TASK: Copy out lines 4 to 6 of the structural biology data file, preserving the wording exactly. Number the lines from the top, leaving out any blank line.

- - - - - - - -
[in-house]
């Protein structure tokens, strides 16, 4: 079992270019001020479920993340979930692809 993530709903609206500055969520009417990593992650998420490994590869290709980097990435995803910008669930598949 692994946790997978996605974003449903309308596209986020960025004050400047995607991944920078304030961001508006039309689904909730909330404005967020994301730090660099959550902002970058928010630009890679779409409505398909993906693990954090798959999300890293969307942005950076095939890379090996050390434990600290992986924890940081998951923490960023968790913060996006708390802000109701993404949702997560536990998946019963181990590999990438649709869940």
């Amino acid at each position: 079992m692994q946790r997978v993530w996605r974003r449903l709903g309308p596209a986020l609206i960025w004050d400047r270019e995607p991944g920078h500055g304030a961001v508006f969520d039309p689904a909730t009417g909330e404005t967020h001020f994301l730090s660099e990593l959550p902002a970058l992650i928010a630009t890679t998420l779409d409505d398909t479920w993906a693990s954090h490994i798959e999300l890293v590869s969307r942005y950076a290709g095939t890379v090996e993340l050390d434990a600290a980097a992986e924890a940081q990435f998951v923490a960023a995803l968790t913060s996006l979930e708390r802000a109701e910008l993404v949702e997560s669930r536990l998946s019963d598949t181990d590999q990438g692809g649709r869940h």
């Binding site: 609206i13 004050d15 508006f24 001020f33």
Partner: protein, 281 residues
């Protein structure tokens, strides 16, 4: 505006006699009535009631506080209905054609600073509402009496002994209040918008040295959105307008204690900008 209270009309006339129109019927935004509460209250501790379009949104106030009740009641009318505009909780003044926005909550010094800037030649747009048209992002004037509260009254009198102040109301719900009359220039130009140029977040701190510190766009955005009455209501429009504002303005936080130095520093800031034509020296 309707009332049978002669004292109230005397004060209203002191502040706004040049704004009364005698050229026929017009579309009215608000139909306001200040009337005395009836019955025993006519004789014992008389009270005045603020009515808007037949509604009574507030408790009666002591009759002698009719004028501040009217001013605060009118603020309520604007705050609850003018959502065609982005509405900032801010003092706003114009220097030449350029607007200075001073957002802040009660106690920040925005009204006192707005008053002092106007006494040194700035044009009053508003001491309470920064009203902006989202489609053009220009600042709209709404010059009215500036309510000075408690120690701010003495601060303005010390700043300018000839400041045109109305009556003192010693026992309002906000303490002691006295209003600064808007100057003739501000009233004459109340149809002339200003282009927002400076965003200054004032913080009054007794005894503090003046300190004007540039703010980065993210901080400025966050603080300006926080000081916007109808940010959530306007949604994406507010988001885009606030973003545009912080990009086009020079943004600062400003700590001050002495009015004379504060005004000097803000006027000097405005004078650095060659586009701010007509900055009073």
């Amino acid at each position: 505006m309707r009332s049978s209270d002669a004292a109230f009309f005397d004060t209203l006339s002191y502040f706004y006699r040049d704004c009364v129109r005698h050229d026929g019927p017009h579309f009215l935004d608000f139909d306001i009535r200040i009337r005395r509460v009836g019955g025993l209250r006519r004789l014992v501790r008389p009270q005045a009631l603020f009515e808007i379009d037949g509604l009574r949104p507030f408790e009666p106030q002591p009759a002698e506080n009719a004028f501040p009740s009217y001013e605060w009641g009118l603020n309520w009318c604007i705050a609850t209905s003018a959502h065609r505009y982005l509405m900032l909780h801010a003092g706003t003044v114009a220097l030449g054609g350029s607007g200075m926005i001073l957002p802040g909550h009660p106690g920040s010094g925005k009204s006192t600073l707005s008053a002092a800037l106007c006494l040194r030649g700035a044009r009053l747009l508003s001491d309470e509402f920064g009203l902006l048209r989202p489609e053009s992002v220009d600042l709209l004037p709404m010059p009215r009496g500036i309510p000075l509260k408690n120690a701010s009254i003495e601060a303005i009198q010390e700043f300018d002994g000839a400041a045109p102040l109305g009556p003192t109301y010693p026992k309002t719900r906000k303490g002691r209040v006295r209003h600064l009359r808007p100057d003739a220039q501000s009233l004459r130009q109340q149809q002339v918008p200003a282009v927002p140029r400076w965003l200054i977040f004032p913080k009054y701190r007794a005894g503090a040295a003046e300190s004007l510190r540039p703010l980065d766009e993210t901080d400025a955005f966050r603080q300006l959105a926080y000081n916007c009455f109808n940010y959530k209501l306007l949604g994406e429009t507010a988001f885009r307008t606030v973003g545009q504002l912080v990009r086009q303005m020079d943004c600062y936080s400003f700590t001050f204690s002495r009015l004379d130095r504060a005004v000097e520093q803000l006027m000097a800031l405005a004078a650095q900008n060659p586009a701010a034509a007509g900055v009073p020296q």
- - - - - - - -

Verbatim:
């Binding site: 609206i13 004050d15 508006f24 001020f33």
Partner: protein, 281 residues
């Protein structure tokens, strides 16, 4: 505006006699009535009631506080209905054609600073509402009496002994209040918008040295959105307008204690900008 209270009309006339129109019927935004509460209250501790379009949104106030009740009641009318505009909780003044926005909550010094800037030649747009048209992002004037509260009254009198102040109301719900009359220039130009140029977040701190510190766009955005009455209501429009504002303005936080130095520093800031034509020296 309707009332049978002669004292109230005397004060209203002191502040706004040049704004009364005698050229026929017009579309009215608000139909306001200040009337005395009836019955025993006519004789014992008389009270005045603020009515808007037949509604009574507030408790009666002591009759002698009719004028501040009217001013605060009118603020309520604007705050609850003018959502065609982005509405900032801010003092706003114009220097030449350029607007200075001073957002802040009660106690920040925005009204006192707005008053002092106007006494040194700035044009009053508003001491309470920064009203902006989202489609053009220009600042709209709404010059009215500036309510000075408690120690701010003495601060303005010390700043300018000839400041045109109305009556003192010693026992309002906000303490002691006295209003600064808007100057003739501000009233004459109340149809002339200003282009927002400076965003200054004032913080009054007794005894503090003046300190004007540039703010980065993210901080400025966050603080300006926080000081916007109808940010959530306007949604994406507010988001885009606030973003545009912080990009086009020079943004600062400003700590001050002495009015004379504060005004000097803000006027000097405005004078650095060659586009701010007509900055009073």